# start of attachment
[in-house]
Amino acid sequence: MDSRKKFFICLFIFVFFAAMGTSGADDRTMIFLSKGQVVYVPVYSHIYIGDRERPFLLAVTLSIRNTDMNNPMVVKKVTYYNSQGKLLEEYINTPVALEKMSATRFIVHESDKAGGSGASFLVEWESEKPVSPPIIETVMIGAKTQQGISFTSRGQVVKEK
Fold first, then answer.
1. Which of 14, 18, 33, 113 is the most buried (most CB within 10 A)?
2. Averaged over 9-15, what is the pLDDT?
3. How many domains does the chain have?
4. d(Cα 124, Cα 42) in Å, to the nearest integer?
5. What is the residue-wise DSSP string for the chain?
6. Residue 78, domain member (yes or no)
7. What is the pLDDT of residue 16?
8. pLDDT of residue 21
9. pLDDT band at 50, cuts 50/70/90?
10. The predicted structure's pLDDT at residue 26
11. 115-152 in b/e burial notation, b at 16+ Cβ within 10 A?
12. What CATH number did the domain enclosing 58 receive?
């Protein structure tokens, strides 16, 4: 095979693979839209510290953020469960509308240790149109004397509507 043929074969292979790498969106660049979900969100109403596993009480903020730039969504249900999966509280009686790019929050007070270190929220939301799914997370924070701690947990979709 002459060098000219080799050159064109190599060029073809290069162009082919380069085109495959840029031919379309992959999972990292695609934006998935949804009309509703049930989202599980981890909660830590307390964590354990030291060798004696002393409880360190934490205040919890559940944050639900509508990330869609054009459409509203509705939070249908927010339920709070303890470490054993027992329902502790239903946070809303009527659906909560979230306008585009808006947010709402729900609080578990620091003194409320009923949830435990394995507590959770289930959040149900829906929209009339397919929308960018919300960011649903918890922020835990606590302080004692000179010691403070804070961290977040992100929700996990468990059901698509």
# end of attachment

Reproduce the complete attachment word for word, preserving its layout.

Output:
[in-house]
Amino acid sequence: MDSRKKFFICLFIFVFFAAMGTSGADDRTMIFLSKGQVVYVPVYSHIYIGDRERPFLLAVTLSIRNTDMNNPMVVKKVTYYNSQGKLLEEYINTPVALEKMSATRFIVHESDKAGGSGASFLVEWESEKPVSPPIIETVMIGAKTQQGISFTSRGQVVKEK
Fold first, then answer.
1. Which of 14, 18, 33, 113 is the most buried (most CB within 10 A)?
2. Averaged over 9-15, what is the pLDDT?
3. How many domains does the chain have?
4. d(Cα 124, Cα 42) in Å, to the nearest integer?
5. What is the residue-wise DSSP string for the chain?
6. Residue 78, domain member (yes or no)
7. What is the pLDDT of residue 16?
8. pLDDT of residue 21
9. pLDDT band at 50, cuts 50/70/90?
10. The predicted structure's pLDDT at residue 26
11. 115-152 in b/e burial notation, b at 16+ Cβ within 10 A?
12. What CATH number did the domain enclosing 58 receive?
């Protein structure tokens, strides 16, 4: 095979693979839209510290953020469960509308240790149109004397509507 043929074969292979790498969106660049979900969100109403596993009480903020730039969504249900999966509280009686790019929050007070270190929220939301799914997370924070701690947990979709 002459060098000219080799050159064109190599060029073809290069162009082919380069085109495959840029031919379309992959999972990292695609934006998935949804009309509703049930989202599980981890909660830590307390964590354990030291060798004696002393409880360190934490205040919890559940944050639900509508990330869609054009459409509203509705939070249908927010339920709070303890470490054993027992329902502790239903946070809303009527659906909560979230306008585009808006947010709402729900609080578990620091003194409320009923949830435990394995507590959770289930959040149900829906929209009339397919929308960018919300960011649903918890922020835990606590302080004692000179010691403070804070961290977040992100929700996990468990059901698509």